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Council decision leads to lawsuit

Pinellas Park's decision against a countertop maker was based on "unfounded fears," not facts, an industrial park's suit says.

Published October 10, 2006

The owner of an industrial center is asking an appellate court to overturn the Pinellas Park City Council's decision not to allow a tenant, Surface Technology Corp., to relocate to the park.

Bowing to neighbors' fears, council members unanimously rejected in August a request by Surface Technology, a countertop maker, to move to the industrial center near Pinebrook Estates.

The center is east of Belcher Road and north of Bryan Dairy Road, between 114th and 118th avenues N.

The council's decision should be overturned, according to the suit, because the evidence the council relied on in denying the company's request "consisted of nothing more than unfounded fears, speculation, and misconceptions of fact."

That was insufficient to support the council's decision to reject the company's request, the suit says.

Pinellas Park spokesman Tim Caddell declined to comment because litigation is pending.

According to the lawsuit, Sac Chic LLC bought the industrial park in November 2005 for about $4.5-million. Earlier this year, representatives of Sac Chic and Surface Technology Corp. met with city staff members about the possibility of the company's moving to the industrial park from Gulfport.

Pinellas Park staff members agreed that Surface Technology could move to the industrial park and issued building permits.

The company then spent about $300,000 to install equipment and otherwise make the property ready for its business.

Nearby residents soon objected to the idea of the countertop maker locating in the park.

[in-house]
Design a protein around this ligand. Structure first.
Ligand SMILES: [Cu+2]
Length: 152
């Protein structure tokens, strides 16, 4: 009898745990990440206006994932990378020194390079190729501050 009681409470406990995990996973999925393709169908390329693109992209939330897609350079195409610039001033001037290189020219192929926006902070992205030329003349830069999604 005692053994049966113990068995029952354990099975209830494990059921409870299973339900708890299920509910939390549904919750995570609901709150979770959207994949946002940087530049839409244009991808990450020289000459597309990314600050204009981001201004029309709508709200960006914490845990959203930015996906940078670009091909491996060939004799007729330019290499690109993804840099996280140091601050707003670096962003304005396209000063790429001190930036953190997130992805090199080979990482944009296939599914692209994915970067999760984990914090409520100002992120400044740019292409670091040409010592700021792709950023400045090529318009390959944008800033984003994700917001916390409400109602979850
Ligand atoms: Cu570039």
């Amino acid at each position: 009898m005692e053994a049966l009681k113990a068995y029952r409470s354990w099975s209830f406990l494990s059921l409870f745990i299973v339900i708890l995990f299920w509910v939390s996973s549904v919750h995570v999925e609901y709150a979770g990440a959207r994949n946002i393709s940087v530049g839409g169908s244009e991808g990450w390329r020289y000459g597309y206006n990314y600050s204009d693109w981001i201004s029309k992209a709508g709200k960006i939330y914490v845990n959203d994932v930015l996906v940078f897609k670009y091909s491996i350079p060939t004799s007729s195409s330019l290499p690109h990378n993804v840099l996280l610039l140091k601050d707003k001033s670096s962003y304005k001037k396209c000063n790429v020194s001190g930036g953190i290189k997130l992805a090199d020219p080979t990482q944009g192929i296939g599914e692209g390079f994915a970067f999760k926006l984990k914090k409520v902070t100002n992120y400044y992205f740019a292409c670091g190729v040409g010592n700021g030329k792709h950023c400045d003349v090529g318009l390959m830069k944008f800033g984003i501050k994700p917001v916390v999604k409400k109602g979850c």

They argued that the dust from the granite, quartz and Corian fabrication would be dangerous to their health and that the noise would disturb them.

They also argued that the industrial park's master plan did not allow a countertop maker. The rules, adopted in the mid 1980s before there were countertop makers, allowed cabinemakers and metal fabricators.

Surface Technology Corp., arguing that those industries were essentially the same type of business, insisted that it should be allowed to open its business.

The company also gave evidence indicating the dust from the Corian material was neither hazardous nor odorous.

It also said that there would be no dust from the granite and quartz counters because those were made under water. The water prevents dust from forming and creates a "cake" that is thrown away.

Surface Technology also promised to install a state-of-the-art system to ensure that would be effective. But council members were not convinced, and turned down the request.

[Last modified October 9, 2006, 21:08:12]

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